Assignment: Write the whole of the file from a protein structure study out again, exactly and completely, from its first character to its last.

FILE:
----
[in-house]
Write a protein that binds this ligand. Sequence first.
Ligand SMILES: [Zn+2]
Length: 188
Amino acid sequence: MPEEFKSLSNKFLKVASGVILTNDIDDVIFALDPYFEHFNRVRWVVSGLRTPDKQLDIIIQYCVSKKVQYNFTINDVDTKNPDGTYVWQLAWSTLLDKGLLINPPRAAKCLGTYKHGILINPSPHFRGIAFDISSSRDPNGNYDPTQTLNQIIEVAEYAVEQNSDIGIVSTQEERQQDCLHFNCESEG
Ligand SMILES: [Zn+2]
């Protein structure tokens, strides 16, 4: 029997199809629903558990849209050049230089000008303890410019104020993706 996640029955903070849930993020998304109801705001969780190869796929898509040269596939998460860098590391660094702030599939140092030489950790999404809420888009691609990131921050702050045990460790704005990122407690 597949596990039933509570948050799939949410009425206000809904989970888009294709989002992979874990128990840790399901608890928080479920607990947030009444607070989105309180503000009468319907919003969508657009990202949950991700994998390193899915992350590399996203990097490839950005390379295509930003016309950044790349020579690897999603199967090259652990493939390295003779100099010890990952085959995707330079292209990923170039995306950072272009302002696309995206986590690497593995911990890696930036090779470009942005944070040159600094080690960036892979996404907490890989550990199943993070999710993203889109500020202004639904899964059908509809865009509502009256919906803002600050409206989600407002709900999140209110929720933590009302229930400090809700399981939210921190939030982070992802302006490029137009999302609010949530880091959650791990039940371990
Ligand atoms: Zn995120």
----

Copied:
[in-house]
Write a protein that binds this ligand. Sequence first.
Ligand SMILES: [Zn+2]
Length: 188
Amino acid sequence: MPEEFKSLSNKFLKVASGVILTNDIDDVIFALDPYFEHFNRVRWVVSGLRTPDKQLDIIIQYCVSKKVQYNFTINDVDTKNPDGTYVWQLAWSTLLDKGLLINPPRAAKCLGTYKHGILINPSPHFRGIAFDISSSRDPNGNYDPTQTLNQIIEVAEYAVEQNSDIGIVSTQEERQQDCLHFNCESEG
Ligand SMILES: [Zn+2]
């Protein structure tokens, strides 16, 4: 029997199809629903558990849209050049230089000008303890410019104020993706 996640029955903070849930993020998304109801705001969780190869796929898509040269596939998460860098590391660094702030599939140092030489950790999404809420888009691609990131921050702050045990460790704005990122407690 597949596990039933509570948050799939949410009425206000809904989970888009294709989002992979874990128990840790399901608890928080479920607990947030009444607070989105309180503000009468319907919003969508657009990202949950991700994998390193899915992350590399996203990097490839950005390379295509930003016309950044790349020579690897999603199967090259652990493939390295003779100099010890990952085959995707330079292209990923170039995306950072272009302002696309995206986590690497593995911990890696930036090779470009942005944070040159600094080690960036892979996404907490890989550990199943993070999710993203889109500020202004639904899964059908509809865009509502009256919906803002600050409206989600407002709900999140209110929720933590009302229930400090809700399981939210921190939030982070992802302006490029137009999302609010949530880091959650791990039940371990
Ligand atoms: Zn995120």